Notable strategies currently employed in promoting not only the health of women and children but that of the general population is the upgrade of designated Emergency and Obstetric & Neonatal Care (EmONC) facilities. A total of 65 facilities and 13 district government hospitals are being given a facelift to enable them deliver quality health services.
A milestone is being achieved by the MoHS through the Reproductive & Child Health (RCH) Directorate for the effective monitoring of the designated facilities in ensuring their compliance as EmONC facilities. The quarterly monitoring initiative is referred to as Facility Improvement Team (FIT) and it has gone a long way in driving support from our partners who have positively responded to FIT requirements notably the provision of inputs such as equipment, drugs and solarisation of facilities among others.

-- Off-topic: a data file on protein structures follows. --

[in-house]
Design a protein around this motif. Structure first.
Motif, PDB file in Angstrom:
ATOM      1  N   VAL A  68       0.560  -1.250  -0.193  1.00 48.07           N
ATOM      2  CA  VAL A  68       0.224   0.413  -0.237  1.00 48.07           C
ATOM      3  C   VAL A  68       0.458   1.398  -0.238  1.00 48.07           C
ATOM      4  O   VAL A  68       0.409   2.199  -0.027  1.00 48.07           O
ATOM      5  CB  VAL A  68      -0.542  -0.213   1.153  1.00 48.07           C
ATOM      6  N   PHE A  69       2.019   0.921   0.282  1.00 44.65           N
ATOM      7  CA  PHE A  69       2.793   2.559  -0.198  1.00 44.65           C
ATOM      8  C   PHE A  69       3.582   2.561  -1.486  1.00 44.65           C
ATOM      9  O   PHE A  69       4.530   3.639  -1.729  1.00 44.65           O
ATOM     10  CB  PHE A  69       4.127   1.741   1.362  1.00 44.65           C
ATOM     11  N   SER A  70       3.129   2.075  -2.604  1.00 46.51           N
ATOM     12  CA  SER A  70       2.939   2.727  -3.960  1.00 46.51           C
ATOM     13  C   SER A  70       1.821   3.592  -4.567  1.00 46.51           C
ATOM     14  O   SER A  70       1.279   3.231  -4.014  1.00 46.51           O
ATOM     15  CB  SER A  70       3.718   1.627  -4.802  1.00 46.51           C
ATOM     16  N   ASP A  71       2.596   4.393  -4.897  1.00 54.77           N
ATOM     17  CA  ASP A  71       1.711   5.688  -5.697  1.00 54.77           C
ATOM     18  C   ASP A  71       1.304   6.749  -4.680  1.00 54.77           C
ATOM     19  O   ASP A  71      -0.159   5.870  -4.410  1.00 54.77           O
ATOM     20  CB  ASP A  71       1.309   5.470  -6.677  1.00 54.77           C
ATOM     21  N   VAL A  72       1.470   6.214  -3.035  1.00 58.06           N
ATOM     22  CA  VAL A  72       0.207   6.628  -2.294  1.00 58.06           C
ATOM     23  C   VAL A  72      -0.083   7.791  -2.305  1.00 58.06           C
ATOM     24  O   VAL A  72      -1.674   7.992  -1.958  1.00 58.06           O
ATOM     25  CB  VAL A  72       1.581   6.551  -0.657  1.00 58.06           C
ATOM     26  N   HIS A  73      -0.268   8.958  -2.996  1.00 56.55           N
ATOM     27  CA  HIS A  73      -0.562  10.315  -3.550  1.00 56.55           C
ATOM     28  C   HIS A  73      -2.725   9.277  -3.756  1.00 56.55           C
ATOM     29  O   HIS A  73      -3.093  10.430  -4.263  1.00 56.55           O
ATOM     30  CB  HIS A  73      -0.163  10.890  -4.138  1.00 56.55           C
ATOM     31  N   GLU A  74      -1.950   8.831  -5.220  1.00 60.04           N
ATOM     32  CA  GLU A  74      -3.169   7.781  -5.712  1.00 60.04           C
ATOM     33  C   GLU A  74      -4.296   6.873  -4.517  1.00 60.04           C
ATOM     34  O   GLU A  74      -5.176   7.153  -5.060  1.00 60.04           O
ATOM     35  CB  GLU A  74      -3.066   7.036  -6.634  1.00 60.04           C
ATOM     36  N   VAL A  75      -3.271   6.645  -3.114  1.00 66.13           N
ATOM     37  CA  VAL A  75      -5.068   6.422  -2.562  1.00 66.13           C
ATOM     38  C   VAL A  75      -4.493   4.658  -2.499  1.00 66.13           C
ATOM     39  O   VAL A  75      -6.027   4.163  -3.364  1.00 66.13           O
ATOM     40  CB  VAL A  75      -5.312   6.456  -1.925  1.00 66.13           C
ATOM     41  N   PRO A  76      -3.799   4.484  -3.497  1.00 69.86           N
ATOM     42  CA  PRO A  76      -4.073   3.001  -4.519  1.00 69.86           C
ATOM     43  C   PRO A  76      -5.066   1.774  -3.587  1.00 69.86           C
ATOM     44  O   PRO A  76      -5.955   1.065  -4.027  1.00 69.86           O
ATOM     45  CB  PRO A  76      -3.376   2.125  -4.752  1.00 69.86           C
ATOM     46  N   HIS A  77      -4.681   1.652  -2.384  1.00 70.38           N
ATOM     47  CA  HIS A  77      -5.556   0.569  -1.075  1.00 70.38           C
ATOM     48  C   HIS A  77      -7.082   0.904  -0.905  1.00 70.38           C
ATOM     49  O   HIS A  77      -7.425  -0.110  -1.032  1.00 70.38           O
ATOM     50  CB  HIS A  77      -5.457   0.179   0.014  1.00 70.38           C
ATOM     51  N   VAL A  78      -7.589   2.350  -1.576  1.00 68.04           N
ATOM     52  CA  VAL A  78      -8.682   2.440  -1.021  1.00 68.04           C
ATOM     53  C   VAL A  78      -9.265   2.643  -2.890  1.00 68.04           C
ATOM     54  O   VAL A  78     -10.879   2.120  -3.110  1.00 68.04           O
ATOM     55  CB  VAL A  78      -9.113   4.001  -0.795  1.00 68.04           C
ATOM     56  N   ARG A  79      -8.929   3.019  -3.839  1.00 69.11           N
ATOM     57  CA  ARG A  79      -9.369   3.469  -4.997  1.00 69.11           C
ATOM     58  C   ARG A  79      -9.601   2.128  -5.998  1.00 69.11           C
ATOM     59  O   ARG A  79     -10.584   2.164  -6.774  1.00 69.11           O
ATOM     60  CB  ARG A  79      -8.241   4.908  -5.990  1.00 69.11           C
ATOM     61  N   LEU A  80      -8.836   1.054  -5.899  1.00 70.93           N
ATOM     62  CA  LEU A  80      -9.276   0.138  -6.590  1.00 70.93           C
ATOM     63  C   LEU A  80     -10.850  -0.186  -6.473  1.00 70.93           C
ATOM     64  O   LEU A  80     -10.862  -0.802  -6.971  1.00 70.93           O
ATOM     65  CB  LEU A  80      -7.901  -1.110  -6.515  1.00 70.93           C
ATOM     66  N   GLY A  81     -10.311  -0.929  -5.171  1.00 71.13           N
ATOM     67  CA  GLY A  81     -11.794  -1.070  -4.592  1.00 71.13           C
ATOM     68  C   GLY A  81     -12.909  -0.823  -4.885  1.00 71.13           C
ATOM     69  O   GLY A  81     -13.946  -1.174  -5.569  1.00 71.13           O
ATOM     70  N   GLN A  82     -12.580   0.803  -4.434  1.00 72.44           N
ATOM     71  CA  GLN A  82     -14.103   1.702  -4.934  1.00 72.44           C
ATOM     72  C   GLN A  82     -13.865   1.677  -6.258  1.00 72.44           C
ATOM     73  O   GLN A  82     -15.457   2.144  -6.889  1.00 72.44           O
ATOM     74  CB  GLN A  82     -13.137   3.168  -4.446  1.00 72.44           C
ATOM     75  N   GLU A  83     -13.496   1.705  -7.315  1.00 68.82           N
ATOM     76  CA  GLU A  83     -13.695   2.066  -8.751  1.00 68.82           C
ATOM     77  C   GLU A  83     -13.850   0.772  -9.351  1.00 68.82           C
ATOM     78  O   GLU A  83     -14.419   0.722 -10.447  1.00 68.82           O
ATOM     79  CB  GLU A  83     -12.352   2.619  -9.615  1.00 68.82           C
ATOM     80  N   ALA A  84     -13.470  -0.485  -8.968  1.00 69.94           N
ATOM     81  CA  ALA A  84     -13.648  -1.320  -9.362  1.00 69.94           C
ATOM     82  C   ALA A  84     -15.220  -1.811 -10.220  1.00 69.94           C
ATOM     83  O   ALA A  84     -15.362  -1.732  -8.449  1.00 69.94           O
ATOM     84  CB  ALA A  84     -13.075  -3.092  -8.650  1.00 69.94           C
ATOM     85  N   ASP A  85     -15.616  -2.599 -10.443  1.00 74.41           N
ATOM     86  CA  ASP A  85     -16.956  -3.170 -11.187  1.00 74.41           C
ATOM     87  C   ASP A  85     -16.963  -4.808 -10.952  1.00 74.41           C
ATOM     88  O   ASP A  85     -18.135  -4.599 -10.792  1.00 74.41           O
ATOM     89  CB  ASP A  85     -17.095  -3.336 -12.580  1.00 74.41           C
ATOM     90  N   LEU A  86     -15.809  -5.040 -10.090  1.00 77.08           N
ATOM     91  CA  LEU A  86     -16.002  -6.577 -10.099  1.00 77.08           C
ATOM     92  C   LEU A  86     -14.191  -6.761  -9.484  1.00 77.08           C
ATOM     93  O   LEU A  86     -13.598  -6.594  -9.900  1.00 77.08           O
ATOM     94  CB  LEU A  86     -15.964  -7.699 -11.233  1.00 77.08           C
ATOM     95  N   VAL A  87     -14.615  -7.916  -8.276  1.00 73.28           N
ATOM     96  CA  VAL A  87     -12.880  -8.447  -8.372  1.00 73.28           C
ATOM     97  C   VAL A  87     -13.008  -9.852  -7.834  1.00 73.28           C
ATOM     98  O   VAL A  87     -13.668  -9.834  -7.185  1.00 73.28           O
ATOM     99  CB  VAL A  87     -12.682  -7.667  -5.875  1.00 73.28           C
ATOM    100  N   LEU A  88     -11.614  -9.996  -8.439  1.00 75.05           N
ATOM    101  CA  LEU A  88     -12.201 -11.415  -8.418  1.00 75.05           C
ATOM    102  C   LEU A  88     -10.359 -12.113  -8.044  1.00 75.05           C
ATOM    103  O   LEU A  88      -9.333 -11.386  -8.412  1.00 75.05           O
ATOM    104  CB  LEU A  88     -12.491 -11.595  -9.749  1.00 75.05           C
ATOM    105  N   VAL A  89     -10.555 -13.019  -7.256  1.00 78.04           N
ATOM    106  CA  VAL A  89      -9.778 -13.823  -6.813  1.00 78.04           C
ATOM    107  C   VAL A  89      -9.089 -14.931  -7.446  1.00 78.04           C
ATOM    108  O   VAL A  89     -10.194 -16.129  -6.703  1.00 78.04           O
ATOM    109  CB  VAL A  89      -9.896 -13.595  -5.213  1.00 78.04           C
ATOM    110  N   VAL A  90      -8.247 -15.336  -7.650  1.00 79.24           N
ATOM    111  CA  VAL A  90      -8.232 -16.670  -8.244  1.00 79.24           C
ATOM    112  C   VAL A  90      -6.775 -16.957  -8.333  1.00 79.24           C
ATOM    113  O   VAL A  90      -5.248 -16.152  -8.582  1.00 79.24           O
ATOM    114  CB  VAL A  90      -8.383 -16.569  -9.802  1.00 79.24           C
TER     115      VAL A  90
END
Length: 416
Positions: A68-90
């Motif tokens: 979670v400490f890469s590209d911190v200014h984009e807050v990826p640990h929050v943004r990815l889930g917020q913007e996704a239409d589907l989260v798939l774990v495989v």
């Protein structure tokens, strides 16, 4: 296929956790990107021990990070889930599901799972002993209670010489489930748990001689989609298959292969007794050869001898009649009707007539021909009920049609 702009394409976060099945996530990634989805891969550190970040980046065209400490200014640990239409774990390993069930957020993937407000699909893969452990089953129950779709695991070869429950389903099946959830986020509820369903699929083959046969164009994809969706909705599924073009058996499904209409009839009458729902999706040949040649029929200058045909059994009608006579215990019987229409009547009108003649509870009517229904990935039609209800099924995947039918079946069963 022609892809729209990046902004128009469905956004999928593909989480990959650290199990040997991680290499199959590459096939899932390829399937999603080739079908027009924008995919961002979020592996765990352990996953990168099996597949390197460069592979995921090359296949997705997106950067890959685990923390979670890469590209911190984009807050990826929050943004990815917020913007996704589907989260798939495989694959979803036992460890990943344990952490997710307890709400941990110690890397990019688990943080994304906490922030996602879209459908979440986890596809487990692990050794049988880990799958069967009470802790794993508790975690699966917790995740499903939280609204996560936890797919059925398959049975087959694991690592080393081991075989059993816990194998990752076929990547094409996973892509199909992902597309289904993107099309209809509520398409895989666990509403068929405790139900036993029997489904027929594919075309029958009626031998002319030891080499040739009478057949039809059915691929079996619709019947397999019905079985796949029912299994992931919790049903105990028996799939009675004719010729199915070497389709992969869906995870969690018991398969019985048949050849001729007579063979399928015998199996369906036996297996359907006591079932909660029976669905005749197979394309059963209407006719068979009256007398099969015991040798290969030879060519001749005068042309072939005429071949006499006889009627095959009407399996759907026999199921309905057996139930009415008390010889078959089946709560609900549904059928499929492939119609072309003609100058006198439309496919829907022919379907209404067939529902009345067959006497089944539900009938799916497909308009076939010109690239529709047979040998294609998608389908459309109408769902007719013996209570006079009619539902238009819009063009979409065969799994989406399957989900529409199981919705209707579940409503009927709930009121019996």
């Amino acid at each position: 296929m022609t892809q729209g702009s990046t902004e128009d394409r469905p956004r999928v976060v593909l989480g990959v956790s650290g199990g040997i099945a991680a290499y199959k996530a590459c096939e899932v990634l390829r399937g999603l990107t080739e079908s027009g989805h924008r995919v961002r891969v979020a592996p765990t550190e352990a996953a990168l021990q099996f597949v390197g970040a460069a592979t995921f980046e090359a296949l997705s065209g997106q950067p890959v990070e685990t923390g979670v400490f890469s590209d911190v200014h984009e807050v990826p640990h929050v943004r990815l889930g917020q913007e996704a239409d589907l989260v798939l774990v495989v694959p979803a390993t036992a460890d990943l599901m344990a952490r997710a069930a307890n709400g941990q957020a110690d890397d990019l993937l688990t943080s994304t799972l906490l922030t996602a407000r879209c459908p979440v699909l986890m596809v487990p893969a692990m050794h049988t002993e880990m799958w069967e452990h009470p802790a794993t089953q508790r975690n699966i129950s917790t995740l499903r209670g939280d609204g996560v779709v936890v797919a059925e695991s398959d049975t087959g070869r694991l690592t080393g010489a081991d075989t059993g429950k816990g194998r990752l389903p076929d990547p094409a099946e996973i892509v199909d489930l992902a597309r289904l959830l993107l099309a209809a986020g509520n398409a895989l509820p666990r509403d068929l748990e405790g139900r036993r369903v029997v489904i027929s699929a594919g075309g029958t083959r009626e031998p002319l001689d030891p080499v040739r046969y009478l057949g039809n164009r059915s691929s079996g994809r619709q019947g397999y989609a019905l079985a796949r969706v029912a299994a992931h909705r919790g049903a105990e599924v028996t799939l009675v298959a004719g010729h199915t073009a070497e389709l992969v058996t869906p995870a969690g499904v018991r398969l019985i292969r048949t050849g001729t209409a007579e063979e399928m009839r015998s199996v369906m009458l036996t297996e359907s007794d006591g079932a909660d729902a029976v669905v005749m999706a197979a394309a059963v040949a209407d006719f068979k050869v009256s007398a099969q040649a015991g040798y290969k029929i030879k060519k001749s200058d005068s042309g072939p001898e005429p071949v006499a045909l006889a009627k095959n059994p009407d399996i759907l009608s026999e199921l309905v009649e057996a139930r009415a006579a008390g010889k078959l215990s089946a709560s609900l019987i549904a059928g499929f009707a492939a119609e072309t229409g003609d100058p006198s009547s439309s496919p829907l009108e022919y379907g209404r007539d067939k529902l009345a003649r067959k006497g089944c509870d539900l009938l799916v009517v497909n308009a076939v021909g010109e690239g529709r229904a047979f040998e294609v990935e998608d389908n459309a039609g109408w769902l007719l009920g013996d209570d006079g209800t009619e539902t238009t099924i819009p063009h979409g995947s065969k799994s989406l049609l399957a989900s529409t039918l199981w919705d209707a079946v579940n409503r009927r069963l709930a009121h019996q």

Whilst at the beginning the FIT was assessing only inputs to these facilities, this has now moved to another stage where the processes are looked into, giving birth to a sub-component of FIT (referred to as FIT mentoring). This component provides on-the-job training of staff on life-saving skills and on evidenced-based and pro-poor strategies in reducing maternal and infant morbidities and mortalities. UNICEF and WHO through the RCH Directorate are providing mentoring and coaching support to facility staff on life-saving skills. This drive is currently changing the picture of our health facilities making them fit-for-the-purpose of delivering quality health services for not only the FHC target groups but for all and sundry that come into contact with these centres.